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Calls to the Annual Sessions 2022 [The following texts were abridged from the originals, which are available at: https://westernfriend.org/calls-annual-sessions-2022 ]

On Alternatives (March 2022)

The Search Committee “It just isn’t done that way,” the experienced voice responded when a Friend of Color on the Search Committee asked why we weren’t posting the salary. The committee resumed silent reflection. “Keeping salaries confidential is a longstanding way of maintaining wage inequality, especially when persons other than White males apply, not knowing how much others are paid.” More reflection. “It is insulting to qualified young adults to ask them to go through a hiring process, then offer to pay them less than a living wage.” More reflection. In the end, the committee united around our decision to include the base salary in the solicitation.

On Alternatives (March 2022)

Now or Never We must stay on our mission of being witnesses of Earthcare. Will everyone restore rare rainforest in Hawaii? No. Some will restore their aina (sacred land) by planting a small urban garden or one tree in their small yard. Some may sing songs for a local nonprofit forest refuge to raise donations and awareness. Some will talk it up on Facebook and have a window garden. “Kokua” (ko kew ah) in Hawaiian means to share and care, to take responsibility enough to take action that shows care. Easy to say, maybe not so easy to do.

On Alternatives (March 2022)

Creating out of Silence and Light In the late 1960s, a researcher named Frank Barron explored the relationship of religion and creativity and whether being religious and/or spiritual had an effect on the artist. He interviewed Presbyterians, Episcopalians, and a Hindu, as well as a number of others. The interviews were quite straightforward until he talked about the Quaker artist. His writing about this artist took a different turn. It was as if he was stopped in his tracks and felt a different tone in this interview. Reading the interview was like reading a hush or silence or something that was going deeper in its connections. He says, “She spoke of the Quaker silences. She thinks everyone should be silent at special times. . . [She] was quite unusual in bearing and demeanor, and in her manner of talking. She spoke in a very low and even tone, and everything she said seemed to come up from depths. She was completely lacking in social front.” (Frank Barron, 1968)

On Alternatives (March 2022)

Hybrid and/or Embodied Worship (1) Dear Friends: In response to Anna Fritz’s article in support of in-person worship, I can only say, “That Friend speaks my mind.” I stopped sitting in front of a screen for meeting for worship when I discovered I could no longer be “present” there, nor pretend that I was. If virtual meeting for worship continues for much longer, I will invite two-to-three F(f)riends to worship in person in my home instead, in the spirit of Matthew 18:20, “When two or three gather together in My name, I am there in the midst of them.”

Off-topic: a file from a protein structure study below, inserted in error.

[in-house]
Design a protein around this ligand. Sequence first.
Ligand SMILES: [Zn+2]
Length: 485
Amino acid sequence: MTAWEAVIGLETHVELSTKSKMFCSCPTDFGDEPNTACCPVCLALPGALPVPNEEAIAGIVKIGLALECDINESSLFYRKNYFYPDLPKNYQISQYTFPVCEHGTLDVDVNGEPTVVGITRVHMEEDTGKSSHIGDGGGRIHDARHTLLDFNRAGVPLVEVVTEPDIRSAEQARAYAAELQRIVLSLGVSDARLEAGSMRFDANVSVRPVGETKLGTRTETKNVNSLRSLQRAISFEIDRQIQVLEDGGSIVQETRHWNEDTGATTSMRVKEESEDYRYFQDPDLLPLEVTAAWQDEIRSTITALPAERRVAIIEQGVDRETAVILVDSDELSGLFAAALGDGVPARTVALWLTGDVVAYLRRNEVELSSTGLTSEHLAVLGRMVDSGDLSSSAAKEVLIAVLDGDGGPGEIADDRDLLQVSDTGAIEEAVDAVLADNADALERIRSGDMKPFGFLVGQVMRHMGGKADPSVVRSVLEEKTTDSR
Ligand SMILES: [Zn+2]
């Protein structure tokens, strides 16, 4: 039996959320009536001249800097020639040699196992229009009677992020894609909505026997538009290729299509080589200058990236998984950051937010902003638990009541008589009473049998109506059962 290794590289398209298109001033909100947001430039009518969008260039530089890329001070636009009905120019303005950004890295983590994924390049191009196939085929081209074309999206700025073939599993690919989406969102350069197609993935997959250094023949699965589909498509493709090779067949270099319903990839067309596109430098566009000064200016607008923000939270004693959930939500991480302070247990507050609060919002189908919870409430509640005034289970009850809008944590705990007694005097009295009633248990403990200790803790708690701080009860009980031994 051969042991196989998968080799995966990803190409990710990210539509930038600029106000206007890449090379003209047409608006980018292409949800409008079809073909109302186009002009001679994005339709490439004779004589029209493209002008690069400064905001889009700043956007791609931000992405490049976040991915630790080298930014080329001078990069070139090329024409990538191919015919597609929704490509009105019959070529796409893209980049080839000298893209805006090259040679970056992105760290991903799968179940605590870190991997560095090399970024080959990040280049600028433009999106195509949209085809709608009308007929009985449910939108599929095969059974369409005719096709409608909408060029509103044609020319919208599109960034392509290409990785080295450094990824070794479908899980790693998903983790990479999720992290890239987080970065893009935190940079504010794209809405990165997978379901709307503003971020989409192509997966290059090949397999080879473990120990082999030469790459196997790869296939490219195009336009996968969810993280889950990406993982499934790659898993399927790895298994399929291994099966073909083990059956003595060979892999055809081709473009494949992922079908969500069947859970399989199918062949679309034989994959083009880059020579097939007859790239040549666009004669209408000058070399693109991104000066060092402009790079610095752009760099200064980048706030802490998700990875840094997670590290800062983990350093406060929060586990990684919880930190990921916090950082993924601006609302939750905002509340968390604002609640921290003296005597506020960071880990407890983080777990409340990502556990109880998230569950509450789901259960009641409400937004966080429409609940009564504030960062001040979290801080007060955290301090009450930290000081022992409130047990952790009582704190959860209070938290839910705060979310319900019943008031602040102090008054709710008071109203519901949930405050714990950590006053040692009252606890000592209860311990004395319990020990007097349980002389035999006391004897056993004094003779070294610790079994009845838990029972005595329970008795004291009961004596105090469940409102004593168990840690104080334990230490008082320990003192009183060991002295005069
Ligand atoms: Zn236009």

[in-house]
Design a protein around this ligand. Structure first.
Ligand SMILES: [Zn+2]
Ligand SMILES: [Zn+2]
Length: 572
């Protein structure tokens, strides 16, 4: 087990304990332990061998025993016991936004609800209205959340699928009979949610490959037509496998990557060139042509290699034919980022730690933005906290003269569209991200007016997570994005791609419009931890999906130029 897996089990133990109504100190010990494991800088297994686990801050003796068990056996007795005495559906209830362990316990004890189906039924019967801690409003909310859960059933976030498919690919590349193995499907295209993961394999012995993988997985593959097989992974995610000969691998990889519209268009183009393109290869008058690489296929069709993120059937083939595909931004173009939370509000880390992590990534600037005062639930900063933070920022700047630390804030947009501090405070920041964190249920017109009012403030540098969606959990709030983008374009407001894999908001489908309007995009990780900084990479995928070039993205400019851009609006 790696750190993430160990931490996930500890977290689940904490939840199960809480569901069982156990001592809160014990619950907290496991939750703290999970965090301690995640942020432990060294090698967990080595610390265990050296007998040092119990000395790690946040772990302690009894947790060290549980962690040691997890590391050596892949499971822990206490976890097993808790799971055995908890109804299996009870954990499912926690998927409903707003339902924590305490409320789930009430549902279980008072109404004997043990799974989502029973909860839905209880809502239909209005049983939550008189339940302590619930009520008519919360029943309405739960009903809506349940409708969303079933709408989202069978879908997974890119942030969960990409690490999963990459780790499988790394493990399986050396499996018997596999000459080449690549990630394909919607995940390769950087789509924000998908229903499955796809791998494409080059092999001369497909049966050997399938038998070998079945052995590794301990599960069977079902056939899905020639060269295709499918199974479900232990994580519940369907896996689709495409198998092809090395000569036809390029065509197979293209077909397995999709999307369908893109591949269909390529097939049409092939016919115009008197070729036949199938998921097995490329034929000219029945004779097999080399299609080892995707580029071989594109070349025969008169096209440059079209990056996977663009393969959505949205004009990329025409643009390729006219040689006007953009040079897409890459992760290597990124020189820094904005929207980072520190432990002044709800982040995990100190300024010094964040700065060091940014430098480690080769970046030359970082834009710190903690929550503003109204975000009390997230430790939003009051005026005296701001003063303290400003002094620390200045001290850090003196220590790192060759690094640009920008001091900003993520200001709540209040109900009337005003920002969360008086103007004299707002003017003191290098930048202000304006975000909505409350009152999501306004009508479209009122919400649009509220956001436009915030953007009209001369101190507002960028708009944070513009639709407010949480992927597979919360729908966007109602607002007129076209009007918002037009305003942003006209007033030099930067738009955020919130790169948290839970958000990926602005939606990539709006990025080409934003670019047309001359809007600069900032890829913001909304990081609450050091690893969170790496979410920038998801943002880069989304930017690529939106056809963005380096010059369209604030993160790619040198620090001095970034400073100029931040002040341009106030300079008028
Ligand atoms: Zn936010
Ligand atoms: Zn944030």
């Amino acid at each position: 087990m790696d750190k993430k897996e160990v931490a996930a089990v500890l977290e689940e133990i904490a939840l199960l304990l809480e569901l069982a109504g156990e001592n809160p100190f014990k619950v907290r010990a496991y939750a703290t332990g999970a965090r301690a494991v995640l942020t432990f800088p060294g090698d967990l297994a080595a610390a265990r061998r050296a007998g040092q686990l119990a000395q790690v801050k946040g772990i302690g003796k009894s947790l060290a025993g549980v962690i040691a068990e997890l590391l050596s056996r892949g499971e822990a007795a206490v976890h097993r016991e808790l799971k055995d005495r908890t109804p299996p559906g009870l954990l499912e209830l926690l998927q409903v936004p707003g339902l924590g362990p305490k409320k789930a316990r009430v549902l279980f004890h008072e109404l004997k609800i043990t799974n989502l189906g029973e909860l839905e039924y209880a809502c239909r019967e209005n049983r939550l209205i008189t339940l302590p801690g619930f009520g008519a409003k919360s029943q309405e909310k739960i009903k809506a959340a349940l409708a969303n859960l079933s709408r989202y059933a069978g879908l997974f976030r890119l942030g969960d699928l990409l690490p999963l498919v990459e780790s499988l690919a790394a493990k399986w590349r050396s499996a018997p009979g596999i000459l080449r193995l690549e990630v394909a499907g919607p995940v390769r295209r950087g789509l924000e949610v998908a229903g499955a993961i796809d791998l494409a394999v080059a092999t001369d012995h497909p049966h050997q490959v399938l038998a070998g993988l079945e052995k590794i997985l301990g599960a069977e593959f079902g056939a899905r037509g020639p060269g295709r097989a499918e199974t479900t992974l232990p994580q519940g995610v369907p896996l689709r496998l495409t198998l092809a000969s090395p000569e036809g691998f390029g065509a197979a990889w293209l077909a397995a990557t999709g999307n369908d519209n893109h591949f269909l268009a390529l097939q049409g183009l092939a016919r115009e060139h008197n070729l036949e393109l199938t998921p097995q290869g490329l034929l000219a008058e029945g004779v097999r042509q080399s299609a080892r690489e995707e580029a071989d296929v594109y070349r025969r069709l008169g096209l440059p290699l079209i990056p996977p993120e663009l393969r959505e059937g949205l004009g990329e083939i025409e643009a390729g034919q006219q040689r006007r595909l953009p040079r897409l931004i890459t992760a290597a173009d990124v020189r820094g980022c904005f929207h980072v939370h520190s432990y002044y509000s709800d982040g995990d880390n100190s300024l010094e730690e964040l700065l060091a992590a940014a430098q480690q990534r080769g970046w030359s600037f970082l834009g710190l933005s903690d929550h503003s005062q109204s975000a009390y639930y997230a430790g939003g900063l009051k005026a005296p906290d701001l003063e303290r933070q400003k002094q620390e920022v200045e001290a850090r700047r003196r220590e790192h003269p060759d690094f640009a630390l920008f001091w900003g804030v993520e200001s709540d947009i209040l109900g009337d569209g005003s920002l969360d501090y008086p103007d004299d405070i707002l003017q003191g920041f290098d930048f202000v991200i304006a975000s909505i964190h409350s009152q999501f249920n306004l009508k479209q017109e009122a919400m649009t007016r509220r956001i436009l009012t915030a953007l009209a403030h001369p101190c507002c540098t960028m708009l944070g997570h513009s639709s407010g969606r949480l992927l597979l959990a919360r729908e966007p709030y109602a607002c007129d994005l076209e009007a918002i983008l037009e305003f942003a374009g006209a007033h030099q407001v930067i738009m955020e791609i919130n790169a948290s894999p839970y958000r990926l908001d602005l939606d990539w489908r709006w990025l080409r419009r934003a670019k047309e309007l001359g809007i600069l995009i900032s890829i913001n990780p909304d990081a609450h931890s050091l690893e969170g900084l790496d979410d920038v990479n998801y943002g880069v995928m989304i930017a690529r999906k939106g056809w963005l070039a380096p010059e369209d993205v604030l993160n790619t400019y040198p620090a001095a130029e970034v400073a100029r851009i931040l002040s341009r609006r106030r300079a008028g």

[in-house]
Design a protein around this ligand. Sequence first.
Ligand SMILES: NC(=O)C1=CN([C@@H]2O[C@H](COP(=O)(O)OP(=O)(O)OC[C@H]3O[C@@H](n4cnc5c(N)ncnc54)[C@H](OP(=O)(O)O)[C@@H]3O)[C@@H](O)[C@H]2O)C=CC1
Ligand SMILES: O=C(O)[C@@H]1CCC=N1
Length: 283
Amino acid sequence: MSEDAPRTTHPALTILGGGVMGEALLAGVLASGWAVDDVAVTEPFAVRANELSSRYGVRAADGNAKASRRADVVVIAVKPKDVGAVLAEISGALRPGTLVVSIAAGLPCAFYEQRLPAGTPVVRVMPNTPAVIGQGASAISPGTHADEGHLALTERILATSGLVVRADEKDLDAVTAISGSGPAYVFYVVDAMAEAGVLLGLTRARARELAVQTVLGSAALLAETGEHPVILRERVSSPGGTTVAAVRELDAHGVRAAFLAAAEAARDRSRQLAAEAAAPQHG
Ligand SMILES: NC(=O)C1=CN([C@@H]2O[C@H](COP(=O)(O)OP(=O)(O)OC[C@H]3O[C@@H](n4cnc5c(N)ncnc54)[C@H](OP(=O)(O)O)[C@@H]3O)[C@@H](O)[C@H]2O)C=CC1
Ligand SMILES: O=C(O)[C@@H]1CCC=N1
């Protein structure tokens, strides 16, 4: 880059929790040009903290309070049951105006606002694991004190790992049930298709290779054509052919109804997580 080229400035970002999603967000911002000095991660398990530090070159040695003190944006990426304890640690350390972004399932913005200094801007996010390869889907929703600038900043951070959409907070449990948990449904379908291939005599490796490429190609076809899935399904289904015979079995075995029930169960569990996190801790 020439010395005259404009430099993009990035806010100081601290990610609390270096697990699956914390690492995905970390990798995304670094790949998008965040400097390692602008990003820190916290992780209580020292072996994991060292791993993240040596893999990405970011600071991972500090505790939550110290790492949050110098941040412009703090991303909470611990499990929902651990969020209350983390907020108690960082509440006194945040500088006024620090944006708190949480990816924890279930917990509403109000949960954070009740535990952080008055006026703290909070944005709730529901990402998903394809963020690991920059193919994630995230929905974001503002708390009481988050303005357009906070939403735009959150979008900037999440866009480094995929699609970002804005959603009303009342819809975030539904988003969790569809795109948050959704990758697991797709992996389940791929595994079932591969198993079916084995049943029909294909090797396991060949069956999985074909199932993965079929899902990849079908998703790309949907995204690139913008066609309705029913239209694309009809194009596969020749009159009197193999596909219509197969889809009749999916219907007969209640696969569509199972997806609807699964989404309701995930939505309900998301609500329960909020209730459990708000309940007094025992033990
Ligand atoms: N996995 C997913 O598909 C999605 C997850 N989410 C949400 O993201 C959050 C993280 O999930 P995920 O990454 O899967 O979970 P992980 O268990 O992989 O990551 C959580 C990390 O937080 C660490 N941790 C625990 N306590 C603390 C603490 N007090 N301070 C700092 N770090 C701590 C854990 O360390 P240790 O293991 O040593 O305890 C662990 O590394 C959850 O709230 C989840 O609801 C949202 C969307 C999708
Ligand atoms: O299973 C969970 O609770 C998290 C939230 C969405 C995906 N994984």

On Alternatives (March 2022)

Hybrid and/or Embodied Worship (4) [This letter was abridged from a longer original, which you can find at: https://westernfriend.org/letters-marchapril-2022]

On Alternatives (March 2022)

Two Quakers Living with the Military We are two Quaker women who raised our families in towns dominated by the U.S. military. Rather than shun the military and look away, we have lived our witness amidst strong military presences. One thing about being in a military town is that you can’t look away from how big a machine the military is. Each of us found that it was hard to raise a Quaker family in a community with a tiny Quaker presence and a huge military presence. It was hard for our children to find peer support with so few Friends in town. [pullquote]The military has certainly created plenty of occasions for us to talk about our testimonies and our practices in the face of headwinds.[/pullquote] Both of us have found that our situations have actually helped strengthen our faith, since we often have to live our witness when sustained by faith alone.

On Place (May 2022)

On Place A person can be nice to someone in order to cheat them, but they cannot be kind to them to cheat them; that would not be kind. When Micah taught, “Do justice; love kindness; walk humbly with your God,” the lesson was not to love persons, but to love an attitude towards persons. An attitude that honors the self-respect of every creature and accepts indebtedness to the common good (and hence, indebtedness to the particular creature one is facing) – this is kindness. When engaging in acts of healing, kindness is not over-cautious about insult or injury. The hard truth and the surgeon’s scalpel both cut when they are needed. Recovery is hard work, but healing is only possible when corruption is excised. Also, to enter into another’s healing is always an act of reciprocity.

On Place (May 2022)

Soul-Work in Community [This article was abridged from a far more detailed original, available at: https://westernfriend.org/media/soul-work-quaker-complative-reading]

On Normality (July 2022)

That Spark of Connection Back in the days of my Dark Night Journey, I worked hard to define what I meant by “spirit” and “spiritual.” What my reasoning mind came up with was an analogy: Just as our eyes are physical organs of sight, designed or evolved to detect certain frequencies of electromagnetic radiation, our spirits are as-yet-unidentified organs of relationship. (I hear Isaac Penington raising a Friendly alarm against this rationalistic formulation.)

On Normality (July 2022)